well, after reading that particular book, i designed and built a sprit rig for it. i made the sail out of an old head sail ( from a sizeable cutter ) i got for free at a yard sale. just this year, i sent a drawing of my sail to duckworks and had one professionally made. great work and a great price, i might add.

i used to aluminum mast, it came with, for the new mast. but, where they had a piece of exhaust pipe adapter screwed to the base to make it fit the hole for the mast ( the mast is thinner than the hole ) i created two pvc spacers that allow the mast to turn freely but don't have the play the mast used to have. i used the boom, from the original sail, and two skinnier pieces of Al tubing to fabricate the sprit. i welded them together. i used a piece of 1" Al tubing for the boom. i designed the tackle for the stanliff and built a boom vang. all the blocks are, now, harken blocks. i re -figured all of the rigging, of course.

i added oar locks to her, after a decade of sailing her. then i decided, a year ago, that i wanted to see how she'd sail with a long shallow keel. see, the cockpit is really small and i have to sit aft of the trunk. i sit in it, not on the rail. it would capsize if i tried to sit on the rail, like on a laser. anyhow, that seating position takes my weight a bit too far aft and leaves me with only 2" of freeboard at the transom. rather unnearving for a non-swimmer when you are sailing on the bay or through big wakes. especially in the winter, although not swimming doesn't really affect the danger level in the winter.

without a daggerboard trunk, i could sit at the point of maximum buoyancy. so, i started an experiment. i used an old daggerboard i had made to replace the original ( sorry. i forgot to mention, i'd used the shape of the DB slot to design a new DB, years ago. and i made a new rudder out of the rudder of a hobie cat. lot of shaping and fabricating but it made a great rudder ). anyhow, i cut that DB flush with the hull, screwed some aluminum plates on each side, and used it as a mounting point for my experimental keels. i used a few 90 degree ( approximately 90 degree ) brackets i made from sheet aluminum and duct tape to secure the rest of the keel to the hull. you'd be amazed at how long duct tape...good duct tape....will hold up under water.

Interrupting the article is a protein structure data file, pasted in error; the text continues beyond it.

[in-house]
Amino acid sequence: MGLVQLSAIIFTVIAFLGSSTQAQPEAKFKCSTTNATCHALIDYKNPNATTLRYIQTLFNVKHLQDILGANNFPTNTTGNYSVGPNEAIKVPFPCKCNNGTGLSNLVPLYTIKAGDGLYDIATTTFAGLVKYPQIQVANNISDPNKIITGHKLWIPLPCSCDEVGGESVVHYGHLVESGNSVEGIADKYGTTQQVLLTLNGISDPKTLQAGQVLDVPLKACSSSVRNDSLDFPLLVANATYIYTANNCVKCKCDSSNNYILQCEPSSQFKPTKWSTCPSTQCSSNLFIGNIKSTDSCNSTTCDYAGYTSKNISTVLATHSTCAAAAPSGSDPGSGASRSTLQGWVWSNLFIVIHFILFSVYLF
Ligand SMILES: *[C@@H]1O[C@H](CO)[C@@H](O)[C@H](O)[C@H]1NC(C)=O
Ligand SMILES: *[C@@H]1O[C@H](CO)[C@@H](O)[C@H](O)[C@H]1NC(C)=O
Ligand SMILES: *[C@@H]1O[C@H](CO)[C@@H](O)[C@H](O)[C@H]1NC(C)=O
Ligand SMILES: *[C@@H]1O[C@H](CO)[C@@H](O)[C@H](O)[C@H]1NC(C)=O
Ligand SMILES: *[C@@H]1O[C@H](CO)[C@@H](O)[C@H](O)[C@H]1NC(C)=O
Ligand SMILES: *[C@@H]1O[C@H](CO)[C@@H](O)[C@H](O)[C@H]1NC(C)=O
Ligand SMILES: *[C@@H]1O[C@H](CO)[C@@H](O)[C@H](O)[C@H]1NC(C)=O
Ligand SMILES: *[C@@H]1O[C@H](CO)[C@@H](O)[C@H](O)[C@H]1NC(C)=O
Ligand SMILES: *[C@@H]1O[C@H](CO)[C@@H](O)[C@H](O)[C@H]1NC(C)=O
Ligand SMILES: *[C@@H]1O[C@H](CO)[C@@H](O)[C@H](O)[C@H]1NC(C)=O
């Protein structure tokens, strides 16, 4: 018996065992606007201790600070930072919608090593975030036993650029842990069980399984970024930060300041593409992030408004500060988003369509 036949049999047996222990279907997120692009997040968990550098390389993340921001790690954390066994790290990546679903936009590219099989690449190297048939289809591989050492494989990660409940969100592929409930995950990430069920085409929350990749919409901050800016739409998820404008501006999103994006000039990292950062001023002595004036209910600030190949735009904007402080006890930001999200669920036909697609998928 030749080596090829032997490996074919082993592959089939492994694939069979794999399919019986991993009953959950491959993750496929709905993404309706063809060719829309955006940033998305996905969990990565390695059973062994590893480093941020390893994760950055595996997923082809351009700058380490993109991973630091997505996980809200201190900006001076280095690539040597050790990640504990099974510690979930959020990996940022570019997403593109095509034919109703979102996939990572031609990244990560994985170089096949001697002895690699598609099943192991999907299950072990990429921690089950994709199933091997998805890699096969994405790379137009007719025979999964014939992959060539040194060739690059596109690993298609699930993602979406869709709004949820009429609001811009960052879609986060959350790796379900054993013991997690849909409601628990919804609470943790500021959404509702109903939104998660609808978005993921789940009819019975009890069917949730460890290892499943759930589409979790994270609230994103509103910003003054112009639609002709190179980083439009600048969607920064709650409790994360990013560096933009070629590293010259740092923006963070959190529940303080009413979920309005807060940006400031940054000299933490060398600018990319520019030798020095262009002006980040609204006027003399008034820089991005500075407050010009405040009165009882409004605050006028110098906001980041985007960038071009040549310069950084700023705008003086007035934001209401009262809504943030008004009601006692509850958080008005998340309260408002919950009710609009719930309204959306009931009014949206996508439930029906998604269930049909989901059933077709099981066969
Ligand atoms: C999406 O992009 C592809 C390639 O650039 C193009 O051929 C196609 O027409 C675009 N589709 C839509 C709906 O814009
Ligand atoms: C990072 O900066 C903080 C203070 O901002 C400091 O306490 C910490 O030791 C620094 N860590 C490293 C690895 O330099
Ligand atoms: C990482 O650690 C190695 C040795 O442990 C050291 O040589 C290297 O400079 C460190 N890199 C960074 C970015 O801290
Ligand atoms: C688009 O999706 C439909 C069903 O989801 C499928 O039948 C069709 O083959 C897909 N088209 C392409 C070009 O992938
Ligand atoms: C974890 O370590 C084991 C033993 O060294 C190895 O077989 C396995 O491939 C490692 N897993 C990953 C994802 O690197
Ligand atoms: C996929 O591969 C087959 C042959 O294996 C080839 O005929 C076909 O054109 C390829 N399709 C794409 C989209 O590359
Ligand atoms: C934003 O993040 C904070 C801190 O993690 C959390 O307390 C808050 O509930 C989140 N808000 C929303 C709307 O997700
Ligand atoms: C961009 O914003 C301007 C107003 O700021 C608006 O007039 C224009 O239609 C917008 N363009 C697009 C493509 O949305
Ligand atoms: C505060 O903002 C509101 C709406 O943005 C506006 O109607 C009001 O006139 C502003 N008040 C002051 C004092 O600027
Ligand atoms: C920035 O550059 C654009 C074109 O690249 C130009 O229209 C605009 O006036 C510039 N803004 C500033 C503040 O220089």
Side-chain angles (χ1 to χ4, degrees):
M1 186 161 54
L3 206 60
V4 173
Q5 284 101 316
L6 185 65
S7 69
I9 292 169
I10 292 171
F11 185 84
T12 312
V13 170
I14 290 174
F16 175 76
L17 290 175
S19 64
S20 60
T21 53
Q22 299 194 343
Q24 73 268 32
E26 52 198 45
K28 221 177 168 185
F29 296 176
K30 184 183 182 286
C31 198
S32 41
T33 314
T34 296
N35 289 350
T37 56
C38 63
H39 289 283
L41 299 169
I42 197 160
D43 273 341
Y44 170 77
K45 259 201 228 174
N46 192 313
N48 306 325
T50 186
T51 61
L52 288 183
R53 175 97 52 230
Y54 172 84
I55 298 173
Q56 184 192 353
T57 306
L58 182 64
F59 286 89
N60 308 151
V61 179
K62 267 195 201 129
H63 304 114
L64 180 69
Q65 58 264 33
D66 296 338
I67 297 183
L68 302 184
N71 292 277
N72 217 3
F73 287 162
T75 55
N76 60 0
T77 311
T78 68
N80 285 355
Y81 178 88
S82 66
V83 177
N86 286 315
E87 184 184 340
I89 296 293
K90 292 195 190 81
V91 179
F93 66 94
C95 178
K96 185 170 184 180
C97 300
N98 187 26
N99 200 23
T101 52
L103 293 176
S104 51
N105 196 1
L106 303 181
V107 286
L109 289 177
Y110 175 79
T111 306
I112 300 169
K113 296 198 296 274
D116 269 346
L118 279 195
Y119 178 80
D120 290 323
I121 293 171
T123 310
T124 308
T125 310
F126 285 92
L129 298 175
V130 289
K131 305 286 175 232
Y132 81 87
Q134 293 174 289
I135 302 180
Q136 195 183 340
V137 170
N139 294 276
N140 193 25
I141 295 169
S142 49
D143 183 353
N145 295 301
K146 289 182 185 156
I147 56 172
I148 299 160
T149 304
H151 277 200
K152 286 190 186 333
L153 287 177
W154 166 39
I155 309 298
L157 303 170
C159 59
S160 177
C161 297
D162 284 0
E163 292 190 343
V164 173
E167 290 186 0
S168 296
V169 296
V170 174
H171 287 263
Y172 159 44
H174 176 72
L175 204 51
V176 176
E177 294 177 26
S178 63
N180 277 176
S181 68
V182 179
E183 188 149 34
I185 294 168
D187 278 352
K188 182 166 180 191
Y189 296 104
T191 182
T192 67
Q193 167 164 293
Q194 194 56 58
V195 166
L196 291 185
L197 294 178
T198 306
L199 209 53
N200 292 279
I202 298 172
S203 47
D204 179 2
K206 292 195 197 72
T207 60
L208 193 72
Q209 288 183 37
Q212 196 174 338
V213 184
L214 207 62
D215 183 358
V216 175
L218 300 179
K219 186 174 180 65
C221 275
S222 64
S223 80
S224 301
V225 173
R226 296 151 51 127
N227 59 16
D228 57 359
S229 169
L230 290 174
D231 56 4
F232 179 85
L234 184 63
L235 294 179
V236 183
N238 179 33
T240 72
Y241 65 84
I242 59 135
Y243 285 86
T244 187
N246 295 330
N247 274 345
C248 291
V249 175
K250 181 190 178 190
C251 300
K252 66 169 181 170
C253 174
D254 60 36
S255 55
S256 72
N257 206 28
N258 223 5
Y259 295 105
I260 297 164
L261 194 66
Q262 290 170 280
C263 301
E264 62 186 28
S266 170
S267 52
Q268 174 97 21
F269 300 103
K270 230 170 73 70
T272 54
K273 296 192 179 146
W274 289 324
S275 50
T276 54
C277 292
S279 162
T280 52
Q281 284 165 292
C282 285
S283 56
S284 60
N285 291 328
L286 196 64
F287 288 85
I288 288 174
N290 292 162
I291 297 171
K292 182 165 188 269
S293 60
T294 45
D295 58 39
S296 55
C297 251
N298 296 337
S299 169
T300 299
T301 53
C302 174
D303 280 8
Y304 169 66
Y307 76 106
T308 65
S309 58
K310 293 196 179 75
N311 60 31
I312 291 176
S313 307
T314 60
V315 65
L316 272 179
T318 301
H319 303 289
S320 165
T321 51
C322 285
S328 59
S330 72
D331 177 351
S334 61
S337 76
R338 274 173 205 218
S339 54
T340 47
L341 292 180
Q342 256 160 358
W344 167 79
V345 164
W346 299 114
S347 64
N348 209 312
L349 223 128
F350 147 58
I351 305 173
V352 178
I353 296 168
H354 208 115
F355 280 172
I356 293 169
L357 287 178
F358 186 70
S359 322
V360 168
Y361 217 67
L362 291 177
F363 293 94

anyhow, i started with a fin keel, like on a Star class, and gradually lengthened and....ummm....can't find a word....bloody rum....made shallower the keel. finally i ended up with a design that was similar to what you see on a grand banks schooner and it was only 6" deep at it's deepest.

and what i found was very interesting. the dinghy is a bit classic moth shaped. very modern hull shape. fine entry. beam isn't extremely wide for it's length. planing hull. was always great to wind.

with the long shallow keel, instead of the deep skinny DB, she sailed to wind just as good. no difference at all. but there were improvements in quality of sailing. the boat was always pretty tender, but the new keel reduced that by a lot. the sudden violent heeling in a high gust was really mellowed out, dramatically. got caught in a 30kt squall, earlier this year. it had it's test and it did very well. anyhow, it wasn't as nervous, either. it tracks steadily, now, even in heavy chop and big wakes. it tackswith grace, now, but isn't terribly slow to tack and i never miss a tack unless i get hit with a header, in mid tack. the new sailing performance is awesome. i wish it was like this when i bought it and taught myself how to sail on it. there'd have been a lot fewer nervous moments( for me not the boat:D )